A Review of Races' EP 'Big Broom'... - Our Vinyl
tumblr_lups4dZsfb1qj0eo9o1_500-2.154944

Races’ EP ‘Big Broom’

Album Reviews

Have you ever fell in love with a song just as the first note/beat/lyric comes out of the speakers? That’s exactly what happened to me as I began listening to Races’ song “Big Broom”, the opener for their latest EP with the same name.

“Big Broom” sounds like a perfect soundtrack for a ‘Kill Bill’-like movie: it has a weird but perfectly mixed touch of Chinese traditional music, driven by a simple and catching bass line, surrounded with breathtaking vocal harmonies and guitar fills that seem inspired by a tranquilized Thurston Moore. It sounds like an impossible sound to achieve, but Races did it.

With only 2 years as an officially formed band and known back in the day as Black Jesus, Races looks like Arcade Fire’s talented little brother on-stage; a 7 piece (sometimes 8 piece, as shown on videos of their live performances) ensemble of talented musicians that can go from slow dance tunes (such as ‘All For You’) to beautiful written lyrics with vocal arrangements closely superb as Fleet Foxes’ finest (just listen to ‘Living Cruel & Rude’).

Wade Ryff, Garth Herberg, Devon Lee, Breanna Wood, Oliver Hild, Lucas Ventura and company have found a way to collide as a minimalistic, yet powerful, wall of sound. While adding their unique touch in the right time, each instrument used by the band works like roots supporting an otherwise complicated musical arrangement on every single song. One can’t help but wonder how they pull it off when they play live, finding the way to produce so many sounds at once while delivering such passion while performing. It’s hard to imagine such quality in a band that has yet to present their first full-length album, tentatively being released before 2011 ends, recorded and produced by themselves.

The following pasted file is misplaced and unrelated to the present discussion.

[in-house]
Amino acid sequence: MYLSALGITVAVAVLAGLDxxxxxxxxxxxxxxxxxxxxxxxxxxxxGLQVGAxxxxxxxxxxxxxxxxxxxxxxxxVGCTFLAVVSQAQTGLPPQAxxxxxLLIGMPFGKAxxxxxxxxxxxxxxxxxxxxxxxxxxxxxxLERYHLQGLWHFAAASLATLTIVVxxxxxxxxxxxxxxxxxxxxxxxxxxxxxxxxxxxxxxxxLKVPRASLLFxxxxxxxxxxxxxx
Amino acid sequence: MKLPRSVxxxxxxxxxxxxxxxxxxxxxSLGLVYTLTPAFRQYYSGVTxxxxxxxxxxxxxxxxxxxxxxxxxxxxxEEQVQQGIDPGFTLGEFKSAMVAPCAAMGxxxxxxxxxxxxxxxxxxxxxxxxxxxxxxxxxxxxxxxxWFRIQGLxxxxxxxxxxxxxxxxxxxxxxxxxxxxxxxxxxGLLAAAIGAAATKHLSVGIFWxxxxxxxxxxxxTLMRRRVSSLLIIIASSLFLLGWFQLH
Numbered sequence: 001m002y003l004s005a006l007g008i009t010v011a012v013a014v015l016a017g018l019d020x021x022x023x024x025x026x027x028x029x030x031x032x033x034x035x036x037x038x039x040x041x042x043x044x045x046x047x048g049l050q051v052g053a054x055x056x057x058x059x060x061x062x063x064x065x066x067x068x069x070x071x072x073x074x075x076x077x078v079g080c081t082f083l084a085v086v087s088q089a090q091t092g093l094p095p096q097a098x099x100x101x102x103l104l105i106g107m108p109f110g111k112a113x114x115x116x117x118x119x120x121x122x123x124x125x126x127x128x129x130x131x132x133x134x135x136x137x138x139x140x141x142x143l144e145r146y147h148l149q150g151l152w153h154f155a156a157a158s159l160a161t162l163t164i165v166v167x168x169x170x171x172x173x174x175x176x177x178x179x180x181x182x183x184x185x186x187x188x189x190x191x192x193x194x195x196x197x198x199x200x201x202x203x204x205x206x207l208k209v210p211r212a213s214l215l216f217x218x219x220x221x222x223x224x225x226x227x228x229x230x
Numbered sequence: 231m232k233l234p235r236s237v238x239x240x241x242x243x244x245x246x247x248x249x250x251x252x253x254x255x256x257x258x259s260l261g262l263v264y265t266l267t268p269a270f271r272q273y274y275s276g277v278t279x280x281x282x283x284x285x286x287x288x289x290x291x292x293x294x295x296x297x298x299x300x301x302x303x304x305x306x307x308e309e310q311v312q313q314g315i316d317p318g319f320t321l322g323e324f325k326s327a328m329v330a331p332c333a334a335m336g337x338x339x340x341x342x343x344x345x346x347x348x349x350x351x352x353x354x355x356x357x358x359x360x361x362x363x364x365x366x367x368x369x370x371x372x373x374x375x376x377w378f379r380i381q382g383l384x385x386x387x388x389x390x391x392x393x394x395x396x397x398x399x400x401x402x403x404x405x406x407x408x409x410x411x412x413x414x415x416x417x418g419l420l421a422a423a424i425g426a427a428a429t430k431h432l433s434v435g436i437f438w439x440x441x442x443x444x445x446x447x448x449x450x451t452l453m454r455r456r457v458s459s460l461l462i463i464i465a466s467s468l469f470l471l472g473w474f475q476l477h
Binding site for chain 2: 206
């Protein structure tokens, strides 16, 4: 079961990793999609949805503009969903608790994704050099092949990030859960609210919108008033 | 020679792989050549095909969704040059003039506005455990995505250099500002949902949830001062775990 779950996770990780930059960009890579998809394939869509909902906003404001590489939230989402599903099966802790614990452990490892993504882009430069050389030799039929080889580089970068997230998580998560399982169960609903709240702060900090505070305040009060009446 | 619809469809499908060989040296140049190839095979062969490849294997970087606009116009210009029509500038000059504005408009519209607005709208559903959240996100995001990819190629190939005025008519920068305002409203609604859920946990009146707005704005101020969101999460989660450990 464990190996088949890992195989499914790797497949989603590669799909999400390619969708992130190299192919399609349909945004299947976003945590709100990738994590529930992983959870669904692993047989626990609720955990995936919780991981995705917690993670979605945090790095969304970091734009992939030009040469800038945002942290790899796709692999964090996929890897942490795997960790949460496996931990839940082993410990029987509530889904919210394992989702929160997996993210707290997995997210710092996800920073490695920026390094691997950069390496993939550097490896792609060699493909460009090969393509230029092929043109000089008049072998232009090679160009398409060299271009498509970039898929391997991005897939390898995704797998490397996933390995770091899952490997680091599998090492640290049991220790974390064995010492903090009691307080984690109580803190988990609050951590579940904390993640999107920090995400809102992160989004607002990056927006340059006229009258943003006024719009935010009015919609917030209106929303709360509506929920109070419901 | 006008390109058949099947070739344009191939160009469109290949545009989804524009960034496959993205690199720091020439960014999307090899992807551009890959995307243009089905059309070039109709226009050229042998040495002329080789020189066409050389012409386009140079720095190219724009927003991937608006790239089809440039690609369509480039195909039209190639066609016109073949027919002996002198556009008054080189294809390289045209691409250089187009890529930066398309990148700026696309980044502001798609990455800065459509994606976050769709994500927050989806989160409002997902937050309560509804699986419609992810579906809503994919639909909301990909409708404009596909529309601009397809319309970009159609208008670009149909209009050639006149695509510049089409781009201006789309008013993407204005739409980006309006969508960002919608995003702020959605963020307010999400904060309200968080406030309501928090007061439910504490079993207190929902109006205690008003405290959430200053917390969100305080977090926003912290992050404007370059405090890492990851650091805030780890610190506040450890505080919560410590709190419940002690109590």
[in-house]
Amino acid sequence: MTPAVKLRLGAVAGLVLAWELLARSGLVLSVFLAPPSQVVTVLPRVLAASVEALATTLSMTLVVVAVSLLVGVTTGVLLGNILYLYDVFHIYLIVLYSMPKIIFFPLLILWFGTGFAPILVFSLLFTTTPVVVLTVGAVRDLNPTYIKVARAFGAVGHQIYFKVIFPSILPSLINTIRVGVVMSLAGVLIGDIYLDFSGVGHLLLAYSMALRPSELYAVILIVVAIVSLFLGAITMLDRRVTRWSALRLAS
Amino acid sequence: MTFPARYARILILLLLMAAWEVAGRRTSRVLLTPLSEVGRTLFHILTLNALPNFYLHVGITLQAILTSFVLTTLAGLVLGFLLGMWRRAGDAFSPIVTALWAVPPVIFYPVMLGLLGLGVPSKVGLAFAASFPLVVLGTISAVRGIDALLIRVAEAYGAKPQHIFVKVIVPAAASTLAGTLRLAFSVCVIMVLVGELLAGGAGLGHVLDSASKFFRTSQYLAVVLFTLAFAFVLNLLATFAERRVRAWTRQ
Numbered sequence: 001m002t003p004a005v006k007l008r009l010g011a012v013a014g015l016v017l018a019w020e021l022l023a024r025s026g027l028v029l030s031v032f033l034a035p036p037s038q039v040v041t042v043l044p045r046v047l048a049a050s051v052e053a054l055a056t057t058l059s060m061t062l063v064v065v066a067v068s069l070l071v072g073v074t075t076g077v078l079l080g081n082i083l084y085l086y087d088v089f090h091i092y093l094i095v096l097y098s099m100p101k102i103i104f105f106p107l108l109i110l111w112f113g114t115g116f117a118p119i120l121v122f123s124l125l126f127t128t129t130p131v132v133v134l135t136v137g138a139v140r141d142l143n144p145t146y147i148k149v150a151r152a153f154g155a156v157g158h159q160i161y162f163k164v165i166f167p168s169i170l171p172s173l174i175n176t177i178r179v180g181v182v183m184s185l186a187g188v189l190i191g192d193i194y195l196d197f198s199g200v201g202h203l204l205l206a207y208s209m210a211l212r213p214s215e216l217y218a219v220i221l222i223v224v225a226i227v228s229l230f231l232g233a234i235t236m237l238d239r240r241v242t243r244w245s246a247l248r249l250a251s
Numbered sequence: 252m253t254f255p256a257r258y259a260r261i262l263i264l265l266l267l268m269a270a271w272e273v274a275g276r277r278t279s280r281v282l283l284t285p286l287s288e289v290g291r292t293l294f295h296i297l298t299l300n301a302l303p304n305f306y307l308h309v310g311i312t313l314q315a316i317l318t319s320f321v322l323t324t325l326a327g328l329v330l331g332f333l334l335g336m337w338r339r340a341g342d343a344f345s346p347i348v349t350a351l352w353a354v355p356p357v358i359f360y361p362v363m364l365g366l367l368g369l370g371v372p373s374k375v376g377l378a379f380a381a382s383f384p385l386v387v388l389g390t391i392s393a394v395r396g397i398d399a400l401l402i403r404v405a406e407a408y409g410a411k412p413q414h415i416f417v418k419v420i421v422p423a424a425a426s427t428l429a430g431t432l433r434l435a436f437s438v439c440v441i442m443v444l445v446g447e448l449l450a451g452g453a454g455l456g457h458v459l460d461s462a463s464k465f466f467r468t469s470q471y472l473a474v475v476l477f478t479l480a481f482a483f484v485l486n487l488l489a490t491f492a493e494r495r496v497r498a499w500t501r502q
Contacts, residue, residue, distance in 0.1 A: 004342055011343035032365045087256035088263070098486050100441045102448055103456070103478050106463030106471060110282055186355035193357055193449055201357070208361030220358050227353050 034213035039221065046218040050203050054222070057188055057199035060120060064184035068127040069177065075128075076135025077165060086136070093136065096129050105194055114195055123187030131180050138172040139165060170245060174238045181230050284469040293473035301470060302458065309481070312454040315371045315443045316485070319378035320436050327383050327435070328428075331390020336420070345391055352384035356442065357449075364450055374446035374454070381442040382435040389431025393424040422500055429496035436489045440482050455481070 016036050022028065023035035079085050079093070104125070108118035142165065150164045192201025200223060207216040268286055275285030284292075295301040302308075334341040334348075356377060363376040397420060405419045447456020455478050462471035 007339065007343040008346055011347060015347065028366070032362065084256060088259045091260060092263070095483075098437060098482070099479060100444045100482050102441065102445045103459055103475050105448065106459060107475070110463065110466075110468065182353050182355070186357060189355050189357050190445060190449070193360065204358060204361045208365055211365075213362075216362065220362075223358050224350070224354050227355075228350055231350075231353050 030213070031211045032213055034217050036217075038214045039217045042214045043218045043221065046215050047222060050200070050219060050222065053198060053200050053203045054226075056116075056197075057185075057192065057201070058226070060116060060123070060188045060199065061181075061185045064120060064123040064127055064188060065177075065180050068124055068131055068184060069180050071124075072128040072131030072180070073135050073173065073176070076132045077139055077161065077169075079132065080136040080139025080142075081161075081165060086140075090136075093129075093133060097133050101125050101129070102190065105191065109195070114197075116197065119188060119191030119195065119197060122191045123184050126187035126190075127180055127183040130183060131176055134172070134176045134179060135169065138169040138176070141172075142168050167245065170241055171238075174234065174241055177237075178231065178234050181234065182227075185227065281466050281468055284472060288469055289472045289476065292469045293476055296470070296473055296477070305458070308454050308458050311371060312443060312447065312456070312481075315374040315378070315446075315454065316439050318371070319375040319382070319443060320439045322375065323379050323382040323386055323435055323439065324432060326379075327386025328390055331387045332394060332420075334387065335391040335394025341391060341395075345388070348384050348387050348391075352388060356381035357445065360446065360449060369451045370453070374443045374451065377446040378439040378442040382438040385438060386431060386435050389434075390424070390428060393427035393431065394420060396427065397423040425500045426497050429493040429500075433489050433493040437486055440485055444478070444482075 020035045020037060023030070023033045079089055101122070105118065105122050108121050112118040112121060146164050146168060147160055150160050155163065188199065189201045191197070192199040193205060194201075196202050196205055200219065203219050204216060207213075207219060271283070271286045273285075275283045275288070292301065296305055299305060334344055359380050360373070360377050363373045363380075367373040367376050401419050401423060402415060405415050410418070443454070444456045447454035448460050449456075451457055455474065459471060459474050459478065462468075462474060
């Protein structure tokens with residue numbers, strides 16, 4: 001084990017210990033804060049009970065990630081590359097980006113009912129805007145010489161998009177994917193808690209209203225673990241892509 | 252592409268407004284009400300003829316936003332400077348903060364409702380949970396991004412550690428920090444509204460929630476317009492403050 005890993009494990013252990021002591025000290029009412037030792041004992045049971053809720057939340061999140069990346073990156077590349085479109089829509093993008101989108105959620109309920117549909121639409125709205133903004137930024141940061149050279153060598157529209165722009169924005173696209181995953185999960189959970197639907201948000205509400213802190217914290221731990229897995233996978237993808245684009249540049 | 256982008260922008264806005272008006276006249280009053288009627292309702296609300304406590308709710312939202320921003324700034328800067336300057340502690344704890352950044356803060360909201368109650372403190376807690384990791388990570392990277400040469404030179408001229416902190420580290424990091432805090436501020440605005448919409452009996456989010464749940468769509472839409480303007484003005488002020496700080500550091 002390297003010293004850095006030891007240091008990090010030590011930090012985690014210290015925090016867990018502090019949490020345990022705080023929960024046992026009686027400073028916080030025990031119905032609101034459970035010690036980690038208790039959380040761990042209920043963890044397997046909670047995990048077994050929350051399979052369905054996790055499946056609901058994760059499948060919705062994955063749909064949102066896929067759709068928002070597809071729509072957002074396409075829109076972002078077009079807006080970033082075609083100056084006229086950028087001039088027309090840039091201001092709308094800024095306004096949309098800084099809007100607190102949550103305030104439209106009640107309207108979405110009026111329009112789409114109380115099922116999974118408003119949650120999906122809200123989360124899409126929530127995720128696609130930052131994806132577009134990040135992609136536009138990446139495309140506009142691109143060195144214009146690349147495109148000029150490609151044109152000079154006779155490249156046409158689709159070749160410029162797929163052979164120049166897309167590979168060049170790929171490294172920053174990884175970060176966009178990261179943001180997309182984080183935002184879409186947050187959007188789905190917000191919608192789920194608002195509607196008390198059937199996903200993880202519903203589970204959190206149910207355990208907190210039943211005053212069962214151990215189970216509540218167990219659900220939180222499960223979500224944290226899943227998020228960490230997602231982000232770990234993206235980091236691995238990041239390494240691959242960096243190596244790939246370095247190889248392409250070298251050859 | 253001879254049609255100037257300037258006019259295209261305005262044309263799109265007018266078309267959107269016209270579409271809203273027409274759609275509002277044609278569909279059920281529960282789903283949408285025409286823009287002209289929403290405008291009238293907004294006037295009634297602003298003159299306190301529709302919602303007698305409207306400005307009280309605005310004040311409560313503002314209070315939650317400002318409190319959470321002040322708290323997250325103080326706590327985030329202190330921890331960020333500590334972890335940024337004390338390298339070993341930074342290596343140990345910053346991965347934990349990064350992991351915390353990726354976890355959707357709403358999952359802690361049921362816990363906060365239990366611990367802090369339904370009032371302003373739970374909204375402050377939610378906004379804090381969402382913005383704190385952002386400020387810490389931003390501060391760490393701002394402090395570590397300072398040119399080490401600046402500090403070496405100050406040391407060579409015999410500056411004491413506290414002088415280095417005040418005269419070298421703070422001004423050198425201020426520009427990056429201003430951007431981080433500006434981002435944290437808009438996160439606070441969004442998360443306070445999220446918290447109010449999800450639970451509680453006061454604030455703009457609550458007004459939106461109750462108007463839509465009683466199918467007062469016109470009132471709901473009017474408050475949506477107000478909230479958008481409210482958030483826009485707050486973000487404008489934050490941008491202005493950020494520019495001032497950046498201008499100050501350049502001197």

If Races keeps going this way, don’t be surprised to find them on many (if not all) of your playlists as soon their catalog grows larger. Quoting their song  ‘Living Cruel & Rude’, “this doesn’t feel at all like me”. Normally, I don’t get too excited as I hear an emerging band’s first songs; which are usually poorly taped, lack originality and use simple songs structures. But I have a feeling that this band has the potential to be bigger and unquestionably better than the average.

Give them a chance: the race is on.

Written by Jorge A. López Mendicuti

Guitarist, multi-instrumentalist, law school graduate, amateur writer and music fan

@jlopezmendicuti